How do you read Revelation? Let’s plunge into the Deeper Waters and find out.
At the start, this chapter looks promising. Ehrman does give an important consideration on context when reading. As he says:
When you change the context , you change the meaning . That is true of written words as well as spoken . If you read in a science fiction novel that a highly toxic virus has accidentally leaked from a top secret governmental lab and infected the entire water supply of New York City , you’d pretty much know where the story’s going . But if you read it on the front page of the New York Times , you might well get going yourself . The literary context of words is therefore just as important as their historical context . A science fiction novel is not a newspaper article ; a short story is not a haiku ; a limerick is not an epic . Every genre of literature involves an unexpressed contract between the author and her readers . Both writer and reader know the rules of this particular game , understanding what is to be expected and how expectations can be met . If the rules are bent or even virtually twisted out of shape , the reader can at least see what the author is doing and grants her the freedom to do so . Even so , there are limits . You will not find serious biographies of FDR that discuss his peace negotiations with the Martians and you will not find nineteenth – century novels comprised of highly compressed metaphors adjusted according to the requirements of rhyme and meter to fit within fourteen lines.
It’s really difficult to see something to disagree with here. Ehrman rightly says we need the literary and historical context of Revelation. Too many interpreters of the book today read it like it was written for modern times. God left a book and the main audience for the book was apparently not the people it was sent to, but a distant generation thousands of years later.
He does talk about Daniel and says there never was a Babylonian King named Belshazzar. However, he was a historical figure as we now know and could have more been described as a crown prince and perhaps a co-regent, but the best word Daniel could find was king. Now here’s something to consider. Why did Belshazzar offer Daniel the third highest position in the land? Why not #2?
Answer: It was not his to give, unless he wanted to abdicate his position. He was the son of Nabodinus, who was the king at the time and when he was away, Belshazzar would be in charge. Ironically, Belshazzar was such an unimportant figure that his name didn’t show up in later historical writings. After all, he never was the main guy sitting on the throne, and yet he shows up in Daniel. Both of these facts actually argue AGAINST a later date.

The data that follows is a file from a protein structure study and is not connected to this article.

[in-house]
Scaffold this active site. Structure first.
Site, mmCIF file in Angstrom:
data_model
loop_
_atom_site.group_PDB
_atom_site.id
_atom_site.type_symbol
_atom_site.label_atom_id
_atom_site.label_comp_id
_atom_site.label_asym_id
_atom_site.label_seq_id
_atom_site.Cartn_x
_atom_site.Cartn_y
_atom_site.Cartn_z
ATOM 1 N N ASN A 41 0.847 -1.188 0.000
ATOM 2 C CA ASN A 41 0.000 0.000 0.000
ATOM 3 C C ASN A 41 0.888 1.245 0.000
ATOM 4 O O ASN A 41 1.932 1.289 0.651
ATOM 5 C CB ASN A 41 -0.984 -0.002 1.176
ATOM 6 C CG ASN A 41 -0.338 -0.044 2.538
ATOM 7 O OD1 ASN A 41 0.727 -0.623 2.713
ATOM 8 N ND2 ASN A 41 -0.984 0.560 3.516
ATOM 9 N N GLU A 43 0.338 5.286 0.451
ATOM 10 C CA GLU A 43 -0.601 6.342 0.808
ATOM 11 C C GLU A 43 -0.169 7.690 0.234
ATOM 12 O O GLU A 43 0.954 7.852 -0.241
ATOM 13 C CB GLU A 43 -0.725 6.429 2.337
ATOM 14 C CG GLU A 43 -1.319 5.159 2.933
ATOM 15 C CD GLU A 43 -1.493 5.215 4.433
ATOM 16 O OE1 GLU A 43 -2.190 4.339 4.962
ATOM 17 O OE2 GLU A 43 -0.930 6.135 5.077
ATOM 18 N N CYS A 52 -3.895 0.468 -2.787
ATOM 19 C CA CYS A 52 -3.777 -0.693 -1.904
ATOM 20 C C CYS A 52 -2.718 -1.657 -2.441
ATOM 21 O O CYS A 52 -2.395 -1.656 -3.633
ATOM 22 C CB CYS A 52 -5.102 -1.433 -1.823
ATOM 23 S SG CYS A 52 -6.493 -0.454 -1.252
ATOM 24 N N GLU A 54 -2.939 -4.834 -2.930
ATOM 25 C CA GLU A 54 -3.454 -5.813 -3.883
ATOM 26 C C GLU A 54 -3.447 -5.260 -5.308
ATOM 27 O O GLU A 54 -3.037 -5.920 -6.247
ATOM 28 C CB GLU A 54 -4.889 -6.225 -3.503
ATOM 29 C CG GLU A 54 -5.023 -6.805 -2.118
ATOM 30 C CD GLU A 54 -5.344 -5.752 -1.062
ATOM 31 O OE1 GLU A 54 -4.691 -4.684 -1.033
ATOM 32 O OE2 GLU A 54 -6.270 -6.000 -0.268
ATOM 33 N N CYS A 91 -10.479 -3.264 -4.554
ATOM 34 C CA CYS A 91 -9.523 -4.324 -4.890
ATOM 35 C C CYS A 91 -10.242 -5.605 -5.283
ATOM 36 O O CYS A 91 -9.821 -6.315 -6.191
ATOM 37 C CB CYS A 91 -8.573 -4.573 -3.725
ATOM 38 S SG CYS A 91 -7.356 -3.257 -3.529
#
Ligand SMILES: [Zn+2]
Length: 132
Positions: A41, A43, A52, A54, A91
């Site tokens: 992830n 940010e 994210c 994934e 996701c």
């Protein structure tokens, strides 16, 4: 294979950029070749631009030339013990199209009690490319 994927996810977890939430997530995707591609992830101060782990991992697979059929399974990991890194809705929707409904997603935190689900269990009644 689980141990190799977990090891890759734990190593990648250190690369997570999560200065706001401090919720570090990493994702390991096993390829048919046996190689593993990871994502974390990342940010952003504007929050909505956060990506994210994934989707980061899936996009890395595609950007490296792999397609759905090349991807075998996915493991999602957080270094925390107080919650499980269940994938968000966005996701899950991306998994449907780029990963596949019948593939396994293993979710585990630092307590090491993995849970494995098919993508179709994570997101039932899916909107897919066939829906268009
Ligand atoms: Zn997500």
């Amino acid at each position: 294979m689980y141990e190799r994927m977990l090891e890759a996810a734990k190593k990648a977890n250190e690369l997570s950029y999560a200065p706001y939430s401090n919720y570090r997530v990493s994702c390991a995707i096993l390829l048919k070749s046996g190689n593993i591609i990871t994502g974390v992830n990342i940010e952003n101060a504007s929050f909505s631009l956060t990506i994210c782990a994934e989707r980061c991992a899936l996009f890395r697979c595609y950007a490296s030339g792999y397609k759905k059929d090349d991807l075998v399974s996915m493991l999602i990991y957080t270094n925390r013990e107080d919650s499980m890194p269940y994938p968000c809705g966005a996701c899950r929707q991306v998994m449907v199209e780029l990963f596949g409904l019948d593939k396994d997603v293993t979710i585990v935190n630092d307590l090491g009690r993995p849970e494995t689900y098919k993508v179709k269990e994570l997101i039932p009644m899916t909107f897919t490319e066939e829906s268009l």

He also says it couldn’t have been written at the time of the Babylonian Exile because Aramaic wasn’t being used in Israel. However, Daniel is not writing from Israel. He is writing from Babylon and Aramaic certainly was used in Babylon at the time. Ehrman writes as if all scholarship agrees. By this, he could mean secular scholarship, and perhaps they do, but we should still look at the evidence. Furthermore, where did Daniel come from? Who was this figure that was so prominent that a later author chose to use that name instead of his own?
Ehrman, however, does get something else right in what he says about Revelation and its message:
In broad terms, the “transcendent truths” conveyed by Daniel and John are very similar. The world is a hostile place for the people of God, who are experiencing (at least in the author’s view) intense persecution. In light of their suffering, it may appear that God is not actually in control. But he is. There is evil on the earth now, but God has planned to destroy it and his plan will soon be carried out. In the near future he will obliterate those who are harming his people and exalt his chosen ones, giving them power and dominion over the other nations, forever and ever.
This is the point where a Baptist preacher would say “That’ll preach.”
He goes on to explain an example using the Whore of Babylon. He sees this as Rome, but I disagree. After all, the Beast in Revelation represents Rome in some sense, but the Beast hates the harlot. Why? The harlot has to be someone else that Rome would war against. However, she also has to represent a force that was opposed to Christianity. Now let’s see. Is there anyone in the Old Testament described as a harlot and yet also warred against Christianity in the New Testament times that the readers would know about?
This is the only interpretive point I disagree with him on. I do agree with him that the first beast in Revelation 13 is Nero Caesar. I also agree that the second beast represents cult imperial worship of the emperor.
But as we go forward, there will be much more to disagree with.
(And I affirm the virgin birth)